Several pools and tennis courts, a pleasant spa, and a VIP lounge for $70 extra a night.

The spa
The spa

At the back section of the resort -- Hamaca Gardens -- there’s an impressive pool, a Jacuzzi, a swim-up bar, a miniature golf course, tennis courts, a fitness center, and a kids' club. All of these features are in fine shape, if only because they don't appear to be used all that often (at least during the slow season).

Most guests hang out at the beach, at the front of the resort. There are two pools in the Hamaca Beach section. Unfortunately, one is directly next to a building under construction -- not exactly relaxing. The pool in the Hamaca Gardens section is larger free-form pool with a swim-up bar.

The new beachside Kin Ha Spa offers clean, sleek facilities and plenty of treatments at reasonable prices. There are Jacuzzis, a sauna, and a steam room available to guests who pay for any of the services.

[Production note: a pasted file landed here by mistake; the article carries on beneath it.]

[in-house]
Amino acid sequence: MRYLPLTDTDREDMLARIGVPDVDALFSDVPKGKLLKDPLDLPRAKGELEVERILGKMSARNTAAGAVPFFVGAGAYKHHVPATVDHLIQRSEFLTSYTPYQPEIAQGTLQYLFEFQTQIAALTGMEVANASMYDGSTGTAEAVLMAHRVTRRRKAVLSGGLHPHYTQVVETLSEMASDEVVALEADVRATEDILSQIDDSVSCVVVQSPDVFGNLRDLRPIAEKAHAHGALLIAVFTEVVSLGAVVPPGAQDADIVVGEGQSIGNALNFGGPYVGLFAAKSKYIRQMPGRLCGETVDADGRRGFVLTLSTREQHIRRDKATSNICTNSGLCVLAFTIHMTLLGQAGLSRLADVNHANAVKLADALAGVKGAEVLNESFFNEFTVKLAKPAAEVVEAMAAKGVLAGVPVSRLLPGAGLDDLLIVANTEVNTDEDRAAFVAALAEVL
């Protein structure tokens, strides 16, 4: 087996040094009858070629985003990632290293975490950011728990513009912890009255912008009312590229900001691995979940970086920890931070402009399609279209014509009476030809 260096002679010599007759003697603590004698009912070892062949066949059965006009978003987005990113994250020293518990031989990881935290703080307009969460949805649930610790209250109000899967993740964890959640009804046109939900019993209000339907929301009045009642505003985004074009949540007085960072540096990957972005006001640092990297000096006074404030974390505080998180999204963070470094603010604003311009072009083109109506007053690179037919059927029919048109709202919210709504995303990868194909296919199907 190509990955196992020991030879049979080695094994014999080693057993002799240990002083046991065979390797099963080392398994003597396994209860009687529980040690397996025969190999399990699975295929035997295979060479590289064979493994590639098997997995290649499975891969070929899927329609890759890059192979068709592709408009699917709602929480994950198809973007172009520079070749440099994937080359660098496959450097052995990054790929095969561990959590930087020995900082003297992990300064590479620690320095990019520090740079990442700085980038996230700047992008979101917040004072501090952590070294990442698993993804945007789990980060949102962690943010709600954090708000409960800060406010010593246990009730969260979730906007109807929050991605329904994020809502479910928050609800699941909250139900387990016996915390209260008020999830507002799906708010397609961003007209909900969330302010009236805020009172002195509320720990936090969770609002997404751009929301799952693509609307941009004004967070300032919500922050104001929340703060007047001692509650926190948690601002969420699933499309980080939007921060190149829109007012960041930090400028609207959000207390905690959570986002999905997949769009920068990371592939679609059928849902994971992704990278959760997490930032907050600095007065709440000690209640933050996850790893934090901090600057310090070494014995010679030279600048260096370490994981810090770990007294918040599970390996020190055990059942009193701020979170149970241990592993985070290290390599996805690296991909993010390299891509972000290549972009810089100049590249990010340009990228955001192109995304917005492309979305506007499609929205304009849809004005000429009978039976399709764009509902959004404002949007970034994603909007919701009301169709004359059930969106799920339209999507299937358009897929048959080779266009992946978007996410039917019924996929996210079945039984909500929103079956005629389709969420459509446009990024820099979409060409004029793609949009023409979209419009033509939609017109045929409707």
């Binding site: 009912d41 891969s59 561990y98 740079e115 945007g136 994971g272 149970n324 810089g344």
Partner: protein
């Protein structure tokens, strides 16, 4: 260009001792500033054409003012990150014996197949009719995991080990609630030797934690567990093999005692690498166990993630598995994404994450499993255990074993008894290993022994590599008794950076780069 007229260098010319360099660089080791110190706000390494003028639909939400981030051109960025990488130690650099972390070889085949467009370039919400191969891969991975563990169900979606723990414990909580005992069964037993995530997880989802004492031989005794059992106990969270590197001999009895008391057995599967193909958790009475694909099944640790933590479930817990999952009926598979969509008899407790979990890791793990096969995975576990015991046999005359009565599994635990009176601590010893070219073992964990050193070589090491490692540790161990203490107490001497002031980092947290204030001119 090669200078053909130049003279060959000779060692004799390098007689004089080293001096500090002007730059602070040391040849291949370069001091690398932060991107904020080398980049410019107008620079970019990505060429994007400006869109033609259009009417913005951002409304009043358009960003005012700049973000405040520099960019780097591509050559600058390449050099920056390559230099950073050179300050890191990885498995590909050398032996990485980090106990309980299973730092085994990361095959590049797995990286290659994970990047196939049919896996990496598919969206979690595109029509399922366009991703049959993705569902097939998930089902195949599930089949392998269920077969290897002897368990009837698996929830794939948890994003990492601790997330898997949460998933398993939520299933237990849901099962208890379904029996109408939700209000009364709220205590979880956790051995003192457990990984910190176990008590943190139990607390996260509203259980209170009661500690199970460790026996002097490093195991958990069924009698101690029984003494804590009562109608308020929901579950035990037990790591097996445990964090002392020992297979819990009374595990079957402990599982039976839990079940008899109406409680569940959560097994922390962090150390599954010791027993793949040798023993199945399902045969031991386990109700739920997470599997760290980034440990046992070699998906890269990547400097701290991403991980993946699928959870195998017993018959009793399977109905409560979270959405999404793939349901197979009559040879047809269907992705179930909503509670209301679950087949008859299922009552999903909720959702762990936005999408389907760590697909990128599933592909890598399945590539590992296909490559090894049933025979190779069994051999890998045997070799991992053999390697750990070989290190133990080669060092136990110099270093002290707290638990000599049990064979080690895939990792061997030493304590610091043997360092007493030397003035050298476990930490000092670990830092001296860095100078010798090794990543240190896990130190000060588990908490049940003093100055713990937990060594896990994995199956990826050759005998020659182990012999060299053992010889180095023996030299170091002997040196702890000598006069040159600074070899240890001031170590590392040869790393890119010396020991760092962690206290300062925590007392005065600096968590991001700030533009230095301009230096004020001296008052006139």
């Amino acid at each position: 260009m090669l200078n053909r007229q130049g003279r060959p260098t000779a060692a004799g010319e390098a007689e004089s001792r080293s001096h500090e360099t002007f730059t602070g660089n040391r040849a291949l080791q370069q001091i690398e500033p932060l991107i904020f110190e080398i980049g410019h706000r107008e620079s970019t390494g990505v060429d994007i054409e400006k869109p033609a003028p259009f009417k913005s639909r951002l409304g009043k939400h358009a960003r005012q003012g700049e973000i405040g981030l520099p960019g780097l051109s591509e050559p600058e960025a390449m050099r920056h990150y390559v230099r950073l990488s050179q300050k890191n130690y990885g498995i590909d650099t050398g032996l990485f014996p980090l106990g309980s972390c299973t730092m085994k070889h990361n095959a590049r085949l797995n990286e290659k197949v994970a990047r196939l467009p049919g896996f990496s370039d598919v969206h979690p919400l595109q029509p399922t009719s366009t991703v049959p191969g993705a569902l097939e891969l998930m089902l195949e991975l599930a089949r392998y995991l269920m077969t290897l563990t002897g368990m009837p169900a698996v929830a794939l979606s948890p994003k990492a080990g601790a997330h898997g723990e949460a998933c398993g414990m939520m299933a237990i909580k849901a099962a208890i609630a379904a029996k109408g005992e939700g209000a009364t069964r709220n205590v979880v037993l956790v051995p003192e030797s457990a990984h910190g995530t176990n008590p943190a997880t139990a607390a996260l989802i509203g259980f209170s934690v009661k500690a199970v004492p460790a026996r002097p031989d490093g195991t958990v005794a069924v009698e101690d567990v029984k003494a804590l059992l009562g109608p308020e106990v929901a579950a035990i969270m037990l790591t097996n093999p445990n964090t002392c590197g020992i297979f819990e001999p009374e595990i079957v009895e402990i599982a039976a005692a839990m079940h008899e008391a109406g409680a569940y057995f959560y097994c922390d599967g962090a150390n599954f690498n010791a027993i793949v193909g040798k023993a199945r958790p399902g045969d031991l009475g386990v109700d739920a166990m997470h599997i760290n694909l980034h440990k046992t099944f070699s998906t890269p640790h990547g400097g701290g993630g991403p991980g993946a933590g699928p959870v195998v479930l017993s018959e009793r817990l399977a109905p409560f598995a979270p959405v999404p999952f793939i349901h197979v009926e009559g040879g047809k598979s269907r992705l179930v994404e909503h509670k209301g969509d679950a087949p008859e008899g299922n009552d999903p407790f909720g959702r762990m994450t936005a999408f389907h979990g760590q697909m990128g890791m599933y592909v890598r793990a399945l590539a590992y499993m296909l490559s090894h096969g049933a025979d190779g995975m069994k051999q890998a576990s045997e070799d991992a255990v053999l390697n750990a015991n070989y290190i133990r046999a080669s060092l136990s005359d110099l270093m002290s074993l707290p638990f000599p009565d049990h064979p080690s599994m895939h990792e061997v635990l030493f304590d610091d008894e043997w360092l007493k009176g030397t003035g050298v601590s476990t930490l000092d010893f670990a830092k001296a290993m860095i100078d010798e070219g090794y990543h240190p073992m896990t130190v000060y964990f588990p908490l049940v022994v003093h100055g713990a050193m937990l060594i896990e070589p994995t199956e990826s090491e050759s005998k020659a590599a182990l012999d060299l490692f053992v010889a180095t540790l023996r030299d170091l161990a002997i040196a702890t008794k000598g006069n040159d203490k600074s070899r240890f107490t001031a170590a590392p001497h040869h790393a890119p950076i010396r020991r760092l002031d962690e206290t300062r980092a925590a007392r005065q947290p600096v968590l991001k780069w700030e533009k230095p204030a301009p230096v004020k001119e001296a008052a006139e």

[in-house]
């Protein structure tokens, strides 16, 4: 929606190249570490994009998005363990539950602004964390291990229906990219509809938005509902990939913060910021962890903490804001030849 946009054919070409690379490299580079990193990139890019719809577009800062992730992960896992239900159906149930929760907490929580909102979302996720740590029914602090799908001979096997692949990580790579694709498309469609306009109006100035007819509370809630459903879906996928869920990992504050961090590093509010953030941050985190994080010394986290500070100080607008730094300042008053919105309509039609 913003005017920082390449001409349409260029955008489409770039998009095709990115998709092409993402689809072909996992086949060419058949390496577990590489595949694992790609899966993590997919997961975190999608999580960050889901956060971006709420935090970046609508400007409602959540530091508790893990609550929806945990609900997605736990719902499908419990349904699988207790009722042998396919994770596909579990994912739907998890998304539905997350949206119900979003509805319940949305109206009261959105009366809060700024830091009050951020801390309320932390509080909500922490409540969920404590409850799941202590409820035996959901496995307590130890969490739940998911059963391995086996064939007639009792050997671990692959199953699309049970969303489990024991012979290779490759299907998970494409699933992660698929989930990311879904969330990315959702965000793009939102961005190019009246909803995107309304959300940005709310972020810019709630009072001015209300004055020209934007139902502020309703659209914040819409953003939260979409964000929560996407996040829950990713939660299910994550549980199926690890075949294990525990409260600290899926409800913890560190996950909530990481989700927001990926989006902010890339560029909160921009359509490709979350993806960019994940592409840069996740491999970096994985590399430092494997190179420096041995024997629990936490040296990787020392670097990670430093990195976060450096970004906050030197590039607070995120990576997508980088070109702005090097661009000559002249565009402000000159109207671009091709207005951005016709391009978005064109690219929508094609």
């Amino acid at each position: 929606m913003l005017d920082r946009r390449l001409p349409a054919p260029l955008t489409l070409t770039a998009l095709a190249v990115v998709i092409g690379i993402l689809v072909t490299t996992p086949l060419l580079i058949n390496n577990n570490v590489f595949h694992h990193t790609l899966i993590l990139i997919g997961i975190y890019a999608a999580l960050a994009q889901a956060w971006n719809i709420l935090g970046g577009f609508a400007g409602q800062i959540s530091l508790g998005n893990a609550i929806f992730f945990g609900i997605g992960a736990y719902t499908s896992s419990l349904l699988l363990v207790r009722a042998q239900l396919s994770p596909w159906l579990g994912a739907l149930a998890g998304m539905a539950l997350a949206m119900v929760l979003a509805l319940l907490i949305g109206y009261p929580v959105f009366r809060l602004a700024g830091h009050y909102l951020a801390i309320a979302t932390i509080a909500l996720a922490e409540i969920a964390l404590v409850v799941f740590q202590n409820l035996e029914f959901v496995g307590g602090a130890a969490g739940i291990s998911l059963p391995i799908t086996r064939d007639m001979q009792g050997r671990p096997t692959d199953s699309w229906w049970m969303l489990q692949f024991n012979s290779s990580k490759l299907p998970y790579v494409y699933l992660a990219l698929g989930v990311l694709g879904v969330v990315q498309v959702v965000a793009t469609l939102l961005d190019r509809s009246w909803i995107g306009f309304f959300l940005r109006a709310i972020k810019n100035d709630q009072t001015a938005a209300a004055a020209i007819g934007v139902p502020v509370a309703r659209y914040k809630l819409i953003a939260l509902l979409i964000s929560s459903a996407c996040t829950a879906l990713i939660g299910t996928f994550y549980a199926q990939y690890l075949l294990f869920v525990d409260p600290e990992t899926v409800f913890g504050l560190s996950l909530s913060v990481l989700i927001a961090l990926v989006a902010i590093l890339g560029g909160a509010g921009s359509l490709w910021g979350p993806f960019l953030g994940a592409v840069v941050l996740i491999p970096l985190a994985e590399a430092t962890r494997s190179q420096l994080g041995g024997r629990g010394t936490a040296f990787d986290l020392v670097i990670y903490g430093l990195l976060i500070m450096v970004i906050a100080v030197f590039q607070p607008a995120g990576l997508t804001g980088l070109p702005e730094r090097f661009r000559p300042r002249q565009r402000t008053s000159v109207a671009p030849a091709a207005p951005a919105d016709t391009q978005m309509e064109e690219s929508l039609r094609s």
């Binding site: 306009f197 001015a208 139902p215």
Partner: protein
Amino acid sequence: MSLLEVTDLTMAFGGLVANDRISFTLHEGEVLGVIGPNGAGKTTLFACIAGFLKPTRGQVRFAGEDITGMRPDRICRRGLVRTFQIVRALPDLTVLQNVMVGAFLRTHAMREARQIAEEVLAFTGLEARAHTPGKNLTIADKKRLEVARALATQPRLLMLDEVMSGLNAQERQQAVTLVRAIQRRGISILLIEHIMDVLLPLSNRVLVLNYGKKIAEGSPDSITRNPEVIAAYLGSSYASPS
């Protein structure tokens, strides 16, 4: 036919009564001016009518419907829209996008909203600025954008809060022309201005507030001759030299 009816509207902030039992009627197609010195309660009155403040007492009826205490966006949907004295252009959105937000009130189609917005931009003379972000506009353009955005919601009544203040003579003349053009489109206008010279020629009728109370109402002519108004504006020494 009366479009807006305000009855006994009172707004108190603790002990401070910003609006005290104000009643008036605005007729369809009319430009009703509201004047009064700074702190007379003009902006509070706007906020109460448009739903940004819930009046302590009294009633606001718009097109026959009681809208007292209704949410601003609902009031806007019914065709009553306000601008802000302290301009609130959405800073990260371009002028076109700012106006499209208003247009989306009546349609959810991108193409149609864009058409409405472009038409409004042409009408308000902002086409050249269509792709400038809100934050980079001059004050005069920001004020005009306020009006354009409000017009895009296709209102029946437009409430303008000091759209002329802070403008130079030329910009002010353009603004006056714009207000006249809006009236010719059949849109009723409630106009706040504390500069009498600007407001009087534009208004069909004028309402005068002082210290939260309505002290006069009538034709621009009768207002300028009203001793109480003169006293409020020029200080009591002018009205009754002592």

The resort also features the Hamaca Lounge, a special VIP section of the resort. For a price hike, guests get access to a pleasant space that offers unlimited Internet use (both wireless connection and several new PCs), private breakfast and drink service, newspapers of choice, and general space to just lounge about or watch one of the plasma TVs. VIP guests are also entitled to one of the newly refurbished premium or executive rooms, and discounts at El Pelicano Restaurant and the spa. However, for the same price, it might be a little more worth it to head to Viva Wyndham La Romana.

 Family

Two kiddie pools, an on-site kids' club, and a less party-focused atmosphere, but navigating a stroller through the many staircases can be tricky.

The resort's playground